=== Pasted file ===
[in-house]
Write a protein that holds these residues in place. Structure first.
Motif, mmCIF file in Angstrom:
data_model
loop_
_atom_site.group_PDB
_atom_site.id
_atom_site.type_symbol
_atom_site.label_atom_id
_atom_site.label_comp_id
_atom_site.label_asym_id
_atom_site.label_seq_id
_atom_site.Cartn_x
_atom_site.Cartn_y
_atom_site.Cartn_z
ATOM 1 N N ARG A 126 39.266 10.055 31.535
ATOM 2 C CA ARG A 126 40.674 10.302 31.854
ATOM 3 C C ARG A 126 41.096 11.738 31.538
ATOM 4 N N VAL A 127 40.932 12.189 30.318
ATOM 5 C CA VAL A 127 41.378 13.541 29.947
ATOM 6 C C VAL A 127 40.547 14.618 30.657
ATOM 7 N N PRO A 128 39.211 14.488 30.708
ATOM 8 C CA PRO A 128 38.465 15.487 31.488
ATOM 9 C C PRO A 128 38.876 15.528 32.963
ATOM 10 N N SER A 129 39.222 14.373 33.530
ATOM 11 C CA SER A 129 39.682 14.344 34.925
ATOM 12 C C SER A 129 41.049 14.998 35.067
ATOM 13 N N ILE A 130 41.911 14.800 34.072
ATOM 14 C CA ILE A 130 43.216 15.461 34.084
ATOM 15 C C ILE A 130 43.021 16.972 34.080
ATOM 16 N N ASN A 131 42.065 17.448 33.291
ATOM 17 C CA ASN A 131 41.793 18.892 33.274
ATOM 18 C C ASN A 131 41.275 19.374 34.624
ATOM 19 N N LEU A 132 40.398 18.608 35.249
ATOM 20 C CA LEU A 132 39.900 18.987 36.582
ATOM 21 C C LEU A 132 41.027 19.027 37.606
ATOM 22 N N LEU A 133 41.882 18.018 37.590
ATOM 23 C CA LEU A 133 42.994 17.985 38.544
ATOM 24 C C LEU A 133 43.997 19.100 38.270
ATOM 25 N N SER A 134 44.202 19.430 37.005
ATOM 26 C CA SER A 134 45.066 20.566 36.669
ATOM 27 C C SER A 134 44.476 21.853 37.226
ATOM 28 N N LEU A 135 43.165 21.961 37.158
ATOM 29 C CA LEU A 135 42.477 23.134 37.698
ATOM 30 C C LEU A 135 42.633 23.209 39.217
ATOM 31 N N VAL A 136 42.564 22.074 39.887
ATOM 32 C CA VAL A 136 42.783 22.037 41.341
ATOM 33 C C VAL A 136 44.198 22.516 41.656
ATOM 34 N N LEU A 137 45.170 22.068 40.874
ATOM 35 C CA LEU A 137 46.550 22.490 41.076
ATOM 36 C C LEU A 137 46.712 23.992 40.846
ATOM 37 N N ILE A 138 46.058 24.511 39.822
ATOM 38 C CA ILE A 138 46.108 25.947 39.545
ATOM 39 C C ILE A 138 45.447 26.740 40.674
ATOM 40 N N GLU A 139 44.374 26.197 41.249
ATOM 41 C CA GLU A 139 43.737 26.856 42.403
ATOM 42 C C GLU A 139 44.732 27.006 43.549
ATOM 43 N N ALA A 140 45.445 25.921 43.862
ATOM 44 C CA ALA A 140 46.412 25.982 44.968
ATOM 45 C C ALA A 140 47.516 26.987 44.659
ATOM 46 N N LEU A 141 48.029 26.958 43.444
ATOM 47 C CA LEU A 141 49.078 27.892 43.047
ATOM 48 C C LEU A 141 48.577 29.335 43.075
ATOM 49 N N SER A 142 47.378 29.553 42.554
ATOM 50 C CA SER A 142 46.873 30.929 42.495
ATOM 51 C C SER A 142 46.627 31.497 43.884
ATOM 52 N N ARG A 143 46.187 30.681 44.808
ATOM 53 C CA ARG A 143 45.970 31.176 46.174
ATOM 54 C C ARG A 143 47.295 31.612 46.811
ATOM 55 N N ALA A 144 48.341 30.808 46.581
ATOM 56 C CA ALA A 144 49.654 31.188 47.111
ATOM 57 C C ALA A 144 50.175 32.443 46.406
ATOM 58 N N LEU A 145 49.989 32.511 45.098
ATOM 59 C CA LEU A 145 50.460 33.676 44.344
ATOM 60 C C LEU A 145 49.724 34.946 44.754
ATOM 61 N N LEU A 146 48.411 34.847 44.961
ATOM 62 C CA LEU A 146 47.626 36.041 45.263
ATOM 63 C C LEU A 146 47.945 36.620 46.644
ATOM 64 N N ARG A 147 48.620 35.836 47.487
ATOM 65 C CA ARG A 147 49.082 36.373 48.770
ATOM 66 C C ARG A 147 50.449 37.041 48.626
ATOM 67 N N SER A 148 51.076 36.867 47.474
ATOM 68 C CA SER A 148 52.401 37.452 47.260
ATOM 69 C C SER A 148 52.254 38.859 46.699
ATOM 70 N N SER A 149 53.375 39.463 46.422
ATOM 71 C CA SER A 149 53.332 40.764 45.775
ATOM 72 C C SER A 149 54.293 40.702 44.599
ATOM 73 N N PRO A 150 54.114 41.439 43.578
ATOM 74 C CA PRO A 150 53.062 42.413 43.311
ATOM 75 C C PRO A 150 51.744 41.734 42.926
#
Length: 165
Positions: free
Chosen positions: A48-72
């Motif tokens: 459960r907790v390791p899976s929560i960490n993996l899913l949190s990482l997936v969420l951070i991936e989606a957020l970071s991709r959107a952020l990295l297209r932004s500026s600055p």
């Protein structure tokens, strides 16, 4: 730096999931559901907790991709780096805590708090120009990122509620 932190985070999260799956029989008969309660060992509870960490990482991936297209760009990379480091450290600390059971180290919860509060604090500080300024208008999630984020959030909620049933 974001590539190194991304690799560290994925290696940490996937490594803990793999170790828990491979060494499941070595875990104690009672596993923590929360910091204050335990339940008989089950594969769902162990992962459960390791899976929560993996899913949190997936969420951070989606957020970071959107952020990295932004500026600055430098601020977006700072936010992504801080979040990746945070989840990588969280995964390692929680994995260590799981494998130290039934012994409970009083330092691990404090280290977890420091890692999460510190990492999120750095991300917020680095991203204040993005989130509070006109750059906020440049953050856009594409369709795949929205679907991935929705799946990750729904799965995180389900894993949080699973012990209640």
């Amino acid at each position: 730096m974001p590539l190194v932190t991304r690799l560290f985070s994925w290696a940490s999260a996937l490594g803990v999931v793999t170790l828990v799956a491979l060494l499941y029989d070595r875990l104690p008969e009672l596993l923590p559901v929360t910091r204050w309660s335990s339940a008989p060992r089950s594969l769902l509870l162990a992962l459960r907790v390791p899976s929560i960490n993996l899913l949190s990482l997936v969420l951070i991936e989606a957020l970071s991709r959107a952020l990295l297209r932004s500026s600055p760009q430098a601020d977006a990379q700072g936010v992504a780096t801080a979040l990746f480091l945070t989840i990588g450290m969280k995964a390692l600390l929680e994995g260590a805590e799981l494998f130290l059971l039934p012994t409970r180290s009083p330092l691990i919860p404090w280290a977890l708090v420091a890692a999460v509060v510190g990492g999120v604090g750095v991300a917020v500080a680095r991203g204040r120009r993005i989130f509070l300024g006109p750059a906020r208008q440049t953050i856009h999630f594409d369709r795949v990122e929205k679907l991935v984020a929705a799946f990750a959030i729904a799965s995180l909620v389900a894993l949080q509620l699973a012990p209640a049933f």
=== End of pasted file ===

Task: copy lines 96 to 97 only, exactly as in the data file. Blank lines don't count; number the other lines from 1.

């Protein structure tokens, strides 16, 4: 730096999931559901907790991709780096805590708090120009990122509620 932190985070999260799956029989008969309660060992509870960490990482991936297209760009990379480091450290600390059971180290919860509060604090500080300024208008999630984020959030909620049933 974001590539190194991304690799560290994925290696940490996937490594803990793999170790828990491979060494499941070595875990104690009672596993923590929360910091204050335990339940008989089950594969769902162990992962459960390791899976929560993996899913949190997936969420951070989606957020970071959107952020990295932004500026600055430098601020977006700072936010992504801080979040990746945070989840990588969280995964390692929680994995260590799981494998130290039934012994409970009083330092691990404090280290977890420091890692999460510190990492999120750095991300917020680095991203204040993005989130509070006109750059906020440049953050856009594409369709795949929205679907991935929705799946990750729904799965995180389900894993949080699973012990209640």
């Amino acid at each position: 730096m974001p590539l190194v932190t991304r690799l560290f985070s994925w290696a940490s999260a996937l490594g803990v999931v793999t170790l828990v799956a491979l060494l499941y029989d070595r875990l104690p008969e009672l596993l923590p559901v929360t910091r204050w309660s335990s339940a008989p060992r089950s594969l769902l509870l162990a992962l459960r907790v390791p899976s929560i960490n993996l899913l949190s990482l997936v969420l951070i991936e989606a957020l970071s991709r959107a952020l990295l297209r932004s500026s600055p760009q430098a601020d977006a990379q700072g936010v992504a780096t801080a979040l990746f480091l945070t989840i990588g450290m969280k995964a390692l600390l929680e994995g260590a805590e799981l494998f130290l059971l039934p012994t409970r180290s009083p330092l691990i919860p404090w280290a977890l708090v420091a890692a999460v509060v510190g990492g999120v604090g750095v991300a917020v500080a680095r991203g204040r120009r993005i989130f509070l300024g006109p750059a906020r208008q440049t953050i856009h999630f594409d369709r795949v990122e929205k679907l991935v984020a929705a799946f990750a959030i729904a799965s995180l909620v389900a894993l949080q509620l699973a012990p209640a049933f």